Gear pumps are positive displacement pumps.    As long as they are turning and have fluid coming in the supply line they will pump material.   The pumps themseves are not pressure rated.  The systems are.    If there is no open bypass line and you get a plug in the nozzle, the unit will keep pumping material into the hose until one of these things happens.   the obstruction is blown from the nozzle,  the hose blows up or the engine stalls or blows up.    Don't be too concerned about the doomsday scenarios.   These systems are designed with safeguards.   That is one of the reasons you often see small engines on them.   Sometimes the unit is designed so the engine will stall out.   Usually something is built into the system to keep them at about 100 psi max.   This is one of the reasons if anyone is building their own unit they might want to go with a centrifugal pump.   Someone coupling a gear pump to a big engine with no safeguards could get hurt or worse.

I don't know if I have confused you more or helped you understand more but it is a great question.
Turbo Turf HS-400-XPW

Offline capsicum

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Re: Pumps
« Reply #4 on: Tue April 27, 2004, 02:07:45 AM »
So has anyone here tried bonded fiber mat with somthing other than a gear pump?

Turboguy, the last part of my previous post was whether that particular brands "slurry pump" is dynamic/centrifugal or positive displacment, (you answered this just fine, tired or not). I already know about the difference between the two major pump catagories however and I'm fairly well versed in fluid mechanics too, your efforts may well clarify a few things for others though. :D

For anyone who would like to know, the 'head' he was talking about is a pressure measure just like psi (similer to comparing gallons with cubic feet) freshwater is the usual 'head' refered to.
14.7PSI=1 Bar =100,000pascels(newtons/sqmeter)=1 ATM(atmosphere)=34 vertical feet of freshwater(head pressure)= 33 feet seawater (also head pressure)=30 vertical inches of mercury(yet another form of head): these are approximations but more than acurate enough for anything this side of NASA.

When filling from a stream, water is not sucked up, it is pushed up by atmospheric pressure when the air pressure in the hose is removed, this is why 34 feet is the absolute maximum draft height, even if your pump could remove all air pressure from the hose, the 34feet of water 'head' would be enough downword force to counter the atmospheric pressure. Just note that there is no negative pressure, zero is as low as it goes, this is an absolute vacum, a void space with nothing in it left to remove.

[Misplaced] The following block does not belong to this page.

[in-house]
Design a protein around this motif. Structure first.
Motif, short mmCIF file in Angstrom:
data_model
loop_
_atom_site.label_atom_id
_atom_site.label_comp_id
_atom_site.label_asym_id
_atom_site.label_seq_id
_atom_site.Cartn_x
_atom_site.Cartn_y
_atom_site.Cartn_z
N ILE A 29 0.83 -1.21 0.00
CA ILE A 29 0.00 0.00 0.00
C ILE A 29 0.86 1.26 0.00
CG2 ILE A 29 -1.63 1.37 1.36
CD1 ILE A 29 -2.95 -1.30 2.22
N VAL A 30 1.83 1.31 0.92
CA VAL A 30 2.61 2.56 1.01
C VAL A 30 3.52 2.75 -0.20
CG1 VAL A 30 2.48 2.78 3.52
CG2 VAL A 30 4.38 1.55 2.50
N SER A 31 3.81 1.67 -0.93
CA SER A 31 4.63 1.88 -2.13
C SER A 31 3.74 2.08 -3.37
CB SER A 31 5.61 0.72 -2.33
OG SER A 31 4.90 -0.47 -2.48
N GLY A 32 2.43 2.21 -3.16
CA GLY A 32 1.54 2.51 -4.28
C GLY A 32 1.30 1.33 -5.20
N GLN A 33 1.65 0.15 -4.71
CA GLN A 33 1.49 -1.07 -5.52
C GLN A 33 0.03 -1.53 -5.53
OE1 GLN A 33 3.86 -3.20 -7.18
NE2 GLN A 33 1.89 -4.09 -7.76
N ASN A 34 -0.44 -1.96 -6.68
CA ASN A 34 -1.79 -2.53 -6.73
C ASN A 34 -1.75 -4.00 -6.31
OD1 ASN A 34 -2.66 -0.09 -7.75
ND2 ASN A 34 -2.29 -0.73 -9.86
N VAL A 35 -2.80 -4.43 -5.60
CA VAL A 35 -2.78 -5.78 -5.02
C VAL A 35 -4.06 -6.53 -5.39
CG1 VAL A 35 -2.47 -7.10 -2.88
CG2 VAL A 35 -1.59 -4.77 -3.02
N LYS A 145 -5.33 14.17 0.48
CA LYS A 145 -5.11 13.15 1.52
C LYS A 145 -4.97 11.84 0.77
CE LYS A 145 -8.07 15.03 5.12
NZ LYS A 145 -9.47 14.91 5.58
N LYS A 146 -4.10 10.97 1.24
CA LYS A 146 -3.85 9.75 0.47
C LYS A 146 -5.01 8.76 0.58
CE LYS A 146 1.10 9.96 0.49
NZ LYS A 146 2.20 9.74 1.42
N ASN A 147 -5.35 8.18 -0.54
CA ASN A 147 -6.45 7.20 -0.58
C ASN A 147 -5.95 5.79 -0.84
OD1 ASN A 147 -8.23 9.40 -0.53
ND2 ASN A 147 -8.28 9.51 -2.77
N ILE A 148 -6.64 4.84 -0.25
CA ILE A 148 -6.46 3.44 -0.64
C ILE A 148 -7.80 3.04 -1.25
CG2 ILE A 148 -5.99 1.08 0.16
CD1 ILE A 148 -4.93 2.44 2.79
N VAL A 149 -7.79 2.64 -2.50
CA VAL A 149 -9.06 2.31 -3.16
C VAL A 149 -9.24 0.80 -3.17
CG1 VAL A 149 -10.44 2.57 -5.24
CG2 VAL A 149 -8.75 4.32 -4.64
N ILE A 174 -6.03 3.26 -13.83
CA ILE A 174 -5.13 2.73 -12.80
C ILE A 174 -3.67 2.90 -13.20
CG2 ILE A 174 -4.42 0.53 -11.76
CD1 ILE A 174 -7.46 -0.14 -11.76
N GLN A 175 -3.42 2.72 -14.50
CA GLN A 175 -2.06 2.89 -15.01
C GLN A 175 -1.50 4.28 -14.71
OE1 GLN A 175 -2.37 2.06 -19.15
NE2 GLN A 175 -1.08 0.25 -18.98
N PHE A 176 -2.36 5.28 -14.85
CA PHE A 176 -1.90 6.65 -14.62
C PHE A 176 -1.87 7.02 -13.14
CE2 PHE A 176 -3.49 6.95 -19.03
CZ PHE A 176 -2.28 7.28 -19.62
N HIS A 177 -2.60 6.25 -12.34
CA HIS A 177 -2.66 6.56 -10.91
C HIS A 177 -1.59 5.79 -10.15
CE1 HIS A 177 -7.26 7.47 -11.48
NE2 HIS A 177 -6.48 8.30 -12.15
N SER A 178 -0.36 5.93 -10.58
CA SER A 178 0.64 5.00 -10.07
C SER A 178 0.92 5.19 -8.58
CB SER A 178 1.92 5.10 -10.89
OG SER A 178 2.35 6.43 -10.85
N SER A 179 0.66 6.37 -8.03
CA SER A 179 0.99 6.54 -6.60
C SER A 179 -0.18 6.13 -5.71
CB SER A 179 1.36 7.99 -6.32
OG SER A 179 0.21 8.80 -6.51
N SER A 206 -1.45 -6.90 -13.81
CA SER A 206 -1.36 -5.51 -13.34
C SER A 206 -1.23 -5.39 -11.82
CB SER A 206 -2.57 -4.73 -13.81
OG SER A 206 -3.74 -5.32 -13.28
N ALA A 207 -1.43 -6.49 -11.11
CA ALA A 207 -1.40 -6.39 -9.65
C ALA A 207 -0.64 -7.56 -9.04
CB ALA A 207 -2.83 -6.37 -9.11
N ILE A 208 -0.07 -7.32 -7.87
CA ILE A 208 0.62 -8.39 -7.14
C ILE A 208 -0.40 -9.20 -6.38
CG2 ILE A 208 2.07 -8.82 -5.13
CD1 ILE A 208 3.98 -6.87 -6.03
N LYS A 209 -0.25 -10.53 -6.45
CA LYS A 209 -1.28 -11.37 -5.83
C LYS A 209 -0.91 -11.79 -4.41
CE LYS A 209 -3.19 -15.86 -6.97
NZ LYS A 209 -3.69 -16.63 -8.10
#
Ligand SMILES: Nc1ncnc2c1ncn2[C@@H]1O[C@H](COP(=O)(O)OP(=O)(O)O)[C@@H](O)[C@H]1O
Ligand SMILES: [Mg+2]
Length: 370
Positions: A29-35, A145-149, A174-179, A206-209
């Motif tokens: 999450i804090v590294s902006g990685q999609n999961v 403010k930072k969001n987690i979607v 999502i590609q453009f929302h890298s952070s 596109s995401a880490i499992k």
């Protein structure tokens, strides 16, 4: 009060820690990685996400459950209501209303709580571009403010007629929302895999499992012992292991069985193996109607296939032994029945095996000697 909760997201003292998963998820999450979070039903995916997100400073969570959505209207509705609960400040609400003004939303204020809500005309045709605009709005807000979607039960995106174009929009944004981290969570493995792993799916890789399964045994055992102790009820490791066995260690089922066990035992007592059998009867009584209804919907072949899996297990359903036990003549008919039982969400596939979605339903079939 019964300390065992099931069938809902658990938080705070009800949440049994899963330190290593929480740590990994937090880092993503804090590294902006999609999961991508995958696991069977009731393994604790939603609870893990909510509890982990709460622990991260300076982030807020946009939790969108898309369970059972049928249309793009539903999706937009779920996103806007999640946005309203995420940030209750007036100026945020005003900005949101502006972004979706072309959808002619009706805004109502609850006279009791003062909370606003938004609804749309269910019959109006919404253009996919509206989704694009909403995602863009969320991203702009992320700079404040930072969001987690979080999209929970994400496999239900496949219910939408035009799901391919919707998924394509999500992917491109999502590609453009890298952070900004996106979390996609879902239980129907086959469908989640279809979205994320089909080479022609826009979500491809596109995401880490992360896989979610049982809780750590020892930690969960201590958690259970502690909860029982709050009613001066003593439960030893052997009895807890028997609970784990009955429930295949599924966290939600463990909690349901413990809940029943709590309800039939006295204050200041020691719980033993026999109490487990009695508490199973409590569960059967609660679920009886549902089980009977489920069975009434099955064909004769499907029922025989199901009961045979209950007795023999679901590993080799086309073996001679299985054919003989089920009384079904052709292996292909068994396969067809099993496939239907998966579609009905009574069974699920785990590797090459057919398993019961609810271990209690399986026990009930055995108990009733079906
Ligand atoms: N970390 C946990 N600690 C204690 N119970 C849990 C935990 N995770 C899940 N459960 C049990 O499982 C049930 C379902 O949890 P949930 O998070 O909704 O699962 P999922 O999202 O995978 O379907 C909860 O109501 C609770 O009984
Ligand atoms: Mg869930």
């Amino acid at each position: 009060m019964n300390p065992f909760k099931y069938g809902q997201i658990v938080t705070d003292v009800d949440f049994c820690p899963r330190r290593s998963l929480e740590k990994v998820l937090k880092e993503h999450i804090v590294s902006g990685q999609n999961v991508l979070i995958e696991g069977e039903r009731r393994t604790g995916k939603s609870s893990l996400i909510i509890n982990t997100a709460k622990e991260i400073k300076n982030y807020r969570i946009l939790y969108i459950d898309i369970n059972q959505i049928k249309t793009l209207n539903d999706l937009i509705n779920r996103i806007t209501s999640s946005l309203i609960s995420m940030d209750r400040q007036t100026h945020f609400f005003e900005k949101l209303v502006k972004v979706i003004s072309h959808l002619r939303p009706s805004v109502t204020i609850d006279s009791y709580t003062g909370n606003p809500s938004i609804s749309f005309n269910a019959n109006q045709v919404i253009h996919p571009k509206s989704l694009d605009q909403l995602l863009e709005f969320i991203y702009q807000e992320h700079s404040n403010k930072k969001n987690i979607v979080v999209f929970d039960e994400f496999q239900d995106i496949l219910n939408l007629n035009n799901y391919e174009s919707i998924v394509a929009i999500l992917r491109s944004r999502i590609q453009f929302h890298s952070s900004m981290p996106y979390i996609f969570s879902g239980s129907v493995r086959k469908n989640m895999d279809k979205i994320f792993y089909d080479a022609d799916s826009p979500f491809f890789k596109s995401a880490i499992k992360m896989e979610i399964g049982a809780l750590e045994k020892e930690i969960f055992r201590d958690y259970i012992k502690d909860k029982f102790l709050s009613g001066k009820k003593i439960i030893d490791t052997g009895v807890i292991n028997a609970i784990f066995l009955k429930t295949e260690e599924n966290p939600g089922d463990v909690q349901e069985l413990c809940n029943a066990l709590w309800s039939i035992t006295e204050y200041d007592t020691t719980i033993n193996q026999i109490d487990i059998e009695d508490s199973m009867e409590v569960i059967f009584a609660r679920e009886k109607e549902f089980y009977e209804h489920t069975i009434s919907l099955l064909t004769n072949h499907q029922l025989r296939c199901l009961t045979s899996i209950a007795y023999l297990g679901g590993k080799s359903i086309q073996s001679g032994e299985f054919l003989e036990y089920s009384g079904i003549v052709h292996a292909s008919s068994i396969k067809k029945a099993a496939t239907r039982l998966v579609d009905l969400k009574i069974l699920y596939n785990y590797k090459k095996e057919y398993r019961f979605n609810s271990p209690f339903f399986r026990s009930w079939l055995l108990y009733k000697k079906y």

Quote
Originally posted by Turboguy
....Your pressure question was interesting.   Pressure is actually measuring resistance or the ability to overcome resistance.  

Let me try to explain it this way.  If you pumped a fluid into a vast open space you would have no pressure, only flow.    Think of a garden hose with no nozzle on it.  turn the water on and it does not go very far.   Now stick a finger in the hose or cover it with your thumb and suddenly it sprays a lot further.   You have added resistance.  Pressure is the force working to overcome that resistance.

Pumps are more often measured in "head"   Head is if you pumped water up a verticle pipe, how far it would pump it before it would stop pumping.   You can multiply head x .4335 and get pressure in psi.

The other thing that helps make sense of things is understanding the difference between centrifugal and positive displacement pumps.   A centrifugal pump can spin and allow the fluid to remain in the pump with no damage.     In other words if you close all your valves and the engine is running nothing bad will happen.  I would expect the pressure against the closed valve to be the rated psi of the pump.

Gear pumps are positive displacement pumps.    As long as they are turning and have fluid coming in the supply line they will pump material.   The pumps themseves are not pressure rated.  The systems are.    If there is no open bypass line and you get a plug in the nozzle, the unit will keep pumping material into the hose until one of these things happens.   the obstruction is blown from the nozzle,  the hose blows up or the engine stalls or blows up.    Don't be too concerned about the doomsday scenarios.   These systems are designed with safeguards.   That is one of the reasons you often see small engines on them.   Sometimes the unit is designed so the engine will stall out.   Usually something is built into the system to keep them at about 100 psi max.   This is one of the reasons if anyone is building their own unit they might want to go with a centrifugal pump.   Someone coupling a gear pump to a big engine with no safeguards could get hurt or worse.